The Seattle Times fails to grasp the current world of choice when it quotes an independent publisher saying (reminiscent of an elementary school marm), “…if we made a change for Amazon, we'd have to do it for everyone, and that would jeopardize our business.” So the answer is don’t. If everyone can offer the same reach and level of sales (70% of his sales by the publisher’s own account), then definitely treat everyone the same, if not then maybe its time to evaluate your business model more judiciously. As Michael Medved, author of The 5 Big Lies About Amercan Business observes,
Most businesses that stay small are awful. If you are any damn good, you’re going to get big. I know that sounds brutal...I don’t think there is any reason other than sentimentality for people to think that the ma-and-pa grocery store down the street is any better than a 7-11.
Eventually all established interests invoke the specter of monopoly that could result from more efficient, more aggressive newcomers. Publishers have been no different, and it is easy to see that the Big 6 – News Corporation (HarperCollins), Lagardere (Hachette), Holtzbrinck (Macmillan), Pearson (Penguin), Bertelsmann (Random House), and CBS Corporation (Simon & Schuster) – that have dominated publishing in recent years want to keep prices high for consumers, royalties low for authors, and at the same time continue to restrict new entrants into all areas of the industry. But then even more “greedy” Amazon had to ruin their new century.
The real test of who can dominate the market will go to the contender that not only balances cost and quality, but offers the most open platform. Already Apple is committed to following the old Compaq model of intense (and increasingly burdensome) proprietary options (which led to Compaq’s decline and fall). Barnes and Noble (NYSE: BKS) seems unable to take any of its advantages or quality products and turn them into anything with wide appeal. B&N (as AMD is to Intel) seems destined to be an anti-trust muppet for Amazon.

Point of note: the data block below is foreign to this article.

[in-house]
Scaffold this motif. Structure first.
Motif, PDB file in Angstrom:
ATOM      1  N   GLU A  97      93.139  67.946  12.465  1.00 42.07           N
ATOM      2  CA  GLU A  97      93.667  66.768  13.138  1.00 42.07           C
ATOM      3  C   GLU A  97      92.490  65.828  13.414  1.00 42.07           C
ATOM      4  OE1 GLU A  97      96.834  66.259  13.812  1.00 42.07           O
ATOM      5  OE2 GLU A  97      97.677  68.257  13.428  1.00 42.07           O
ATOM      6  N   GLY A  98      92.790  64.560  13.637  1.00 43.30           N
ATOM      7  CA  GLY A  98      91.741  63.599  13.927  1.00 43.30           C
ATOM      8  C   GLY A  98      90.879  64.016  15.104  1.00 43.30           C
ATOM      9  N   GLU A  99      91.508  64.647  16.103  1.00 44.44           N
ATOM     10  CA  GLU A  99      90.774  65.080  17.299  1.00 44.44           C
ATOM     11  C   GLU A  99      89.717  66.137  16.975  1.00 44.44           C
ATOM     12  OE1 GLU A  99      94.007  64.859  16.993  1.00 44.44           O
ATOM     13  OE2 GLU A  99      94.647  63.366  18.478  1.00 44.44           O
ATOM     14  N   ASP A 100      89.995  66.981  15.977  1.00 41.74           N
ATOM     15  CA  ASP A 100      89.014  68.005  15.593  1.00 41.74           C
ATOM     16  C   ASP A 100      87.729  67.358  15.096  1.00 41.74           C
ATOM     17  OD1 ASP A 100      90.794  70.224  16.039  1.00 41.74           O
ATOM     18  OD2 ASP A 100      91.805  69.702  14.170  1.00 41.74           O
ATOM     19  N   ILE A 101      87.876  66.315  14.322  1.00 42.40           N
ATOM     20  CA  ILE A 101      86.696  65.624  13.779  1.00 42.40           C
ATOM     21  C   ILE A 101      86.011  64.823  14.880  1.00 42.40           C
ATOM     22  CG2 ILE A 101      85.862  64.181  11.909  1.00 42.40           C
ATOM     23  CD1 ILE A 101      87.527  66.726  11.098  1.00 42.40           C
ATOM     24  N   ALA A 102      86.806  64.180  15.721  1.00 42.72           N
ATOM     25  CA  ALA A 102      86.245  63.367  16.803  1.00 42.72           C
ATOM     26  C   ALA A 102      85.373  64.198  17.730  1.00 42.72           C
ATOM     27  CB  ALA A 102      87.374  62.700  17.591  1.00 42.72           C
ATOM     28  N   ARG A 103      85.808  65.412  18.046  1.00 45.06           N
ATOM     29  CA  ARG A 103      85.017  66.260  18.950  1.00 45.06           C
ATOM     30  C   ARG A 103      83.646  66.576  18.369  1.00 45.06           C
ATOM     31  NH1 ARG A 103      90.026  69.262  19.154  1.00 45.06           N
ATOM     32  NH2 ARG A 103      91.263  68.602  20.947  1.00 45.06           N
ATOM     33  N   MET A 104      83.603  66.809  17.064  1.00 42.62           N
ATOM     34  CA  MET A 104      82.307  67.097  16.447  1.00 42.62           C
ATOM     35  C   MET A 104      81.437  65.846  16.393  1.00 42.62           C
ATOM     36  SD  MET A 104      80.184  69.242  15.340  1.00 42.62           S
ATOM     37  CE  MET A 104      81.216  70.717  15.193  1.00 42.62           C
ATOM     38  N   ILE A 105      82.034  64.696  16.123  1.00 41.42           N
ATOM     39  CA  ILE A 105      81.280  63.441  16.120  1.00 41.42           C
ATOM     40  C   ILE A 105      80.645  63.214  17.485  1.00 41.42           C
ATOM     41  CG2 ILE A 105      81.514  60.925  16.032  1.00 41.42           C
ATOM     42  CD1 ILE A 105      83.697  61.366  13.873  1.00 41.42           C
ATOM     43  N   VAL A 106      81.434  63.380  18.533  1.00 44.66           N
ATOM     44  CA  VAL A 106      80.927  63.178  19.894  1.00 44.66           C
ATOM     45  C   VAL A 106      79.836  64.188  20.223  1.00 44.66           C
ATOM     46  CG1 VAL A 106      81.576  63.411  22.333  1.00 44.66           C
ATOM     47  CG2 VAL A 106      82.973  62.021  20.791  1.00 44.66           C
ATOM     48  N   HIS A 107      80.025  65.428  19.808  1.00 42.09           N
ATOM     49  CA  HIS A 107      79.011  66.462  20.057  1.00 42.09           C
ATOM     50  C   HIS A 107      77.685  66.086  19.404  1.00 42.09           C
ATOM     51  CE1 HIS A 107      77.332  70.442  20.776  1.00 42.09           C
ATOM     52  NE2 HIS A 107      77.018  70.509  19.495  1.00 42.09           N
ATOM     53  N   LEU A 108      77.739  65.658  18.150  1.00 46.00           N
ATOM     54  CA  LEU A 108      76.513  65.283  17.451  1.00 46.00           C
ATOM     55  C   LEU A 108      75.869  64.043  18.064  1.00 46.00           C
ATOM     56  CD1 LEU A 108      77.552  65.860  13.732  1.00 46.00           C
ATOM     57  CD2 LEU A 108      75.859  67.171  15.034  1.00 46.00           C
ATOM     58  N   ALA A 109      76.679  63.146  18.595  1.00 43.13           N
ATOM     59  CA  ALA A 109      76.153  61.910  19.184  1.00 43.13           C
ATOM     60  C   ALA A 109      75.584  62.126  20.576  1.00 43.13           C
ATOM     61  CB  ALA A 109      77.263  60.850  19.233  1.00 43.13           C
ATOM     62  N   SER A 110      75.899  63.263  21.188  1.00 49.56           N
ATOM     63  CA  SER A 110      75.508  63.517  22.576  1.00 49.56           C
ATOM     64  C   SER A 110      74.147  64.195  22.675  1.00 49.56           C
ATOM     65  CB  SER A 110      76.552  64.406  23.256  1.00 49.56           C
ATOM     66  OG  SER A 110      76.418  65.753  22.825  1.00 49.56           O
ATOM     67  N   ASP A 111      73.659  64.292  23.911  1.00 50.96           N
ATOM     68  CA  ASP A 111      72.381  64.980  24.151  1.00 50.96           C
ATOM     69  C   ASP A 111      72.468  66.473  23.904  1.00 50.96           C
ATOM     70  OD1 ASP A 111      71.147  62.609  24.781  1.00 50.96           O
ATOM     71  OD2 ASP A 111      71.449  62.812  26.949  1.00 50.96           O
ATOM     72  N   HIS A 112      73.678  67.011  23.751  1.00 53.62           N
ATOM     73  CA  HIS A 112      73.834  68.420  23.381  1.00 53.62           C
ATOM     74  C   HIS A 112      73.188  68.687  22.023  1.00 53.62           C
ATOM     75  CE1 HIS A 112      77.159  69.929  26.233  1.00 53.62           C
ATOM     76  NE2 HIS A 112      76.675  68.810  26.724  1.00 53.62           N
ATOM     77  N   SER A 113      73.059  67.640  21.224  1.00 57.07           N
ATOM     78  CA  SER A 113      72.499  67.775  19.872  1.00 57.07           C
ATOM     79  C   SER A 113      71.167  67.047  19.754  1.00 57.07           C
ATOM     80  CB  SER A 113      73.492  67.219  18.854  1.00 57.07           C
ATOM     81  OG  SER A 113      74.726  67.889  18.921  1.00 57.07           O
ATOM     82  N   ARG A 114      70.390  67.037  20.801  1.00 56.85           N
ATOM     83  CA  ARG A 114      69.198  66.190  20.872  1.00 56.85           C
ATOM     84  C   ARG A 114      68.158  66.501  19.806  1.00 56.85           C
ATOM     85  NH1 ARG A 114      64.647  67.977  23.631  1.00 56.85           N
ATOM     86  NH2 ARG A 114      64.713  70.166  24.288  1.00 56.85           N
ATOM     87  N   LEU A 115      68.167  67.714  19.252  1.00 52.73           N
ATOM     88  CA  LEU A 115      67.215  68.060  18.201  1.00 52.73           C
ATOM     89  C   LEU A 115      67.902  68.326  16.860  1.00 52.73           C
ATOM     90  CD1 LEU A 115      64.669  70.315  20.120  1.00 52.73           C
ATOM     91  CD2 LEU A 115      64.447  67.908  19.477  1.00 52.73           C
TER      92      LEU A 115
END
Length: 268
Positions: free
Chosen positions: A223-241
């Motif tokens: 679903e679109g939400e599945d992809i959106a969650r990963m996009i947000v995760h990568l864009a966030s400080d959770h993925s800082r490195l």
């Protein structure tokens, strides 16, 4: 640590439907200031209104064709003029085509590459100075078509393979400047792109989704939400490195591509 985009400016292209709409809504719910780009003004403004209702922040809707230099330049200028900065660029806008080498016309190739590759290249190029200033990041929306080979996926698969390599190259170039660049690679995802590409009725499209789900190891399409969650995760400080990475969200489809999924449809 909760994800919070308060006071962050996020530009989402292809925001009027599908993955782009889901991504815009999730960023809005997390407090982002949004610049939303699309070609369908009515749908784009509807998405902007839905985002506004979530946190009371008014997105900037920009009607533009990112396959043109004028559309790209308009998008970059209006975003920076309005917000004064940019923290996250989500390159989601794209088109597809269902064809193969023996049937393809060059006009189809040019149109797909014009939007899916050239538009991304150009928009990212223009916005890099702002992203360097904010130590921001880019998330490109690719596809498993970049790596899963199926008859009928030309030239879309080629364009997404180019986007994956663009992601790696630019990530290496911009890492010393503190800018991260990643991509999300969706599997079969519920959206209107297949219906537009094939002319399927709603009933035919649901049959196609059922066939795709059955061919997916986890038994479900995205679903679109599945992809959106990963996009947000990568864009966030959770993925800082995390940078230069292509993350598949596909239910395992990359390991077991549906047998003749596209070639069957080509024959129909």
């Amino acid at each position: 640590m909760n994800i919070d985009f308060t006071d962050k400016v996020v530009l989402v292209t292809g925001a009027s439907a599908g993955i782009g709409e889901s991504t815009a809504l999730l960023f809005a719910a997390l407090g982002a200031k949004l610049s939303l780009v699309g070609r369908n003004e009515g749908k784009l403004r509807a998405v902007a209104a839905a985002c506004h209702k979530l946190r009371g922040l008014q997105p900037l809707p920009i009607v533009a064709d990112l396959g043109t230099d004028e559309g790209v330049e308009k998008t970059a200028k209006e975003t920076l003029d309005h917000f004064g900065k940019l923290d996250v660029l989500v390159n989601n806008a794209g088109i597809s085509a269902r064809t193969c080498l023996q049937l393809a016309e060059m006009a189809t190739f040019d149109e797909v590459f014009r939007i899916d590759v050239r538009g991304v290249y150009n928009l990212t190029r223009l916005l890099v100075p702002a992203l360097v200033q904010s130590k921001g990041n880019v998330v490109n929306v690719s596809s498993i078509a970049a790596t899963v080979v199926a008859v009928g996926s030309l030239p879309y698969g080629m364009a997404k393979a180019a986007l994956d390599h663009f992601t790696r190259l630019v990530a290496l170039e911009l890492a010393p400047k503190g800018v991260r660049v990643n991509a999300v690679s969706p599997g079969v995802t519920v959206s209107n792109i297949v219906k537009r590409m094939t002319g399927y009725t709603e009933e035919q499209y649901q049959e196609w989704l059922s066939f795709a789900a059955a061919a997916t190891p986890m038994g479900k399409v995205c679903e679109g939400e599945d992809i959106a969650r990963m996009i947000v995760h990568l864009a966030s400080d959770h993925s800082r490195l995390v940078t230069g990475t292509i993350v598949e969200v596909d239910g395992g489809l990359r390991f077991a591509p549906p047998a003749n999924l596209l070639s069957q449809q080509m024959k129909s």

Amazon also seems to cling futilely to certain forms of digital rights management (DRM) while experimenting with looser controls like once a month lending. However, poorly handled, abrasive moves like recalling without notification a certain edition of Orwell’s 1984, and restrictions to copying text from purchased ebooks (usually the publishers place a limit on how much can be copied using the note-taking function) have led many a Kindle enthusiast to learn the very simple techniques needed to remove controls on the product. This is why a rival like Sony (NYSE: SNE)which in recent iterations has produced better e-readers (as well as better audio players) and may be able to overcome its dearth of content as well as eventually triumph over Amazon and Apple. (Although, even if Amazon is tacitly supportive of activities like DRM-cracking as long as its devices and products are the ones purchased, it still suffers from the perception -- like it does even when books go above its $9.99 threshold -- that it allows these consumer injustices.) Of course, there’s every reason to think that Sony can play all sides like when it and Apple recently honored Whitney Houston’s death with a price hike of 60% on her songs hours after her demise.
In some ways, Sony’s positioning could mirror something like Google Gmail. The illusion and perception of choice and freedom has always been important in human decision-making (even more so in fickle commercial commitments). The more secure that modern consumers feel that they can take all their years of diligently accumulated and cataloged content to a new platform, the more likely they are to stay with their current platform as long as it is nearly as good as the other options. Platforms are tools that enable fads (whereas Facebook is ultimately a fad that enables tools)
Nick Slepko has no position in any company mentioned here at the time of publication. Motley Fool newsletter services recommend Amazon.com, Apple, Costco Wholesale, and Google. The Motley Fool owns shares of Apple, Amazon.com, Costco Wholesale, and Google, and has the following options: long JAN 2013 $22.00 calls on Sony (ADR), and short JAN 2013 $5.00 calls on Sony (ADR). Try any of our Foolish newsletter services free for 30 days. We Fools may not all hold the same opinions, but we all believe that considering a diverse range of insights makes us better investors. The Motley Fool has a disclosure policy.